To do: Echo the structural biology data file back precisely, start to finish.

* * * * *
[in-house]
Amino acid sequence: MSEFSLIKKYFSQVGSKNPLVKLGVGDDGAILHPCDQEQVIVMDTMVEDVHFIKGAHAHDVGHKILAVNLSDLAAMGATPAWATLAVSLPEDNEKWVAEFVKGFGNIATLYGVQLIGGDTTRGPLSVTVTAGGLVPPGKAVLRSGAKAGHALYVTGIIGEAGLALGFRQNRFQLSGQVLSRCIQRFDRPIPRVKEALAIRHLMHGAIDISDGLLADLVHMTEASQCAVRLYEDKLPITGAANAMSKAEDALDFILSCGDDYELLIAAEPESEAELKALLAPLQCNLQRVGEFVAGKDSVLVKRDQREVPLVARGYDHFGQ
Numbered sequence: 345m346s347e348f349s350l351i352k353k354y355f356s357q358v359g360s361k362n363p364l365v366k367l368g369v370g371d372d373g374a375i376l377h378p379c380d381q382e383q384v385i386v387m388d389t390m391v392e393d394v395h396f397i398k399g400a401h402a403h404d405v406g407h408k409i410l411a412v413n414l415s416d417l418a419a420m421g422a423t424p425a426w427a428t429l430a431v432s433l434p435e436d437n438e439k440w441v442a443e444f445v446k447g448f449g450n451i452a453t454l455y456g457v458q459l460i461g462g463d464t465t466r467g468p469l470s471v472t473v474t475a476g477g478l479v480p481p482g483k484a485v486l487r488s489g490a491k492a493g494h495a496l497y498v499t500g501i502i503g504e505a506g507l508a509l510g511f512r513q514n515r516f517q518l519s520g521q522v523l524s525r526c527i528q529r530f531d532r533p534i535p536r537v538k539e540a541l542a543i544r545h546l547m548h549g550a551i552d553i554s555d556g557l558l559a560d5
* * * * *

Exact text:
[in-house]
Amino acid sequence: MSEFSLIKKYFSQVGSKNPLVKLGVGDDGAILHPCDQEQVIVMDTMVEDVHFIKGAHAHDVGHKILAVNLSDLAAMGATPAWATLAVSLPEDNEKWVAEFVKGFGNIATLYGVQLIGGDTTRGPLSVTVTAGGLVPPGKAVLRSGAKAGHALYVTGIIGEAGLALGFRQNRFQLSGQVLSRCIQRFDRPIPRVKEALAIRHLMHGAIDISDGLLADLVHMTEASQCAVRLYEDKLPITGAANAMSKAEDALDFILSCGDDYELLIAAEPESEAELKALLAPLQCNLQRVGEFVAGKDSVLVKRDQREVPLVARGYDHFGQ
Numbered sequence: 345m346s347e348f349s350l351i352k353k354y355f356s357q358v359g360s361k362n363p364l365v366k367l368g369v370g371d372d373g374a375i376l377h378p379c380d381q382e383q384v385i386v387m388d389t390m391v392e393d394v395h396f397i398k399g400a401h402a403h404d405v406g407h408k409i410l411a412v413n414l415s416d417l418a419a420m421g422a423t424p425a426w427a428t429l430a431v432s433l434p435e436d437n438e439k440w441v442a443e444f445v446k447g448f449g450n451i452a453t454l455y456g457v458q459l460i461g462g463d464t465t466r467g468p469l470s471v472t473v474t475a476g477g478l479v480p481p482g483k484a485v486l487r488s489g490a491k492a493g494h495a496l497y498v499t500g501i502i503g504e505a506g507l508a509l510g511f512r513q514n515r516f517q518l519s520g521q522v523l524s525r526c527i528q529r530f531d532r533p534i535p536r537v538k539e540a541l542a543i544r545h546l547m548h549g550a551i552d553i554s555d556g557l558l559a560d5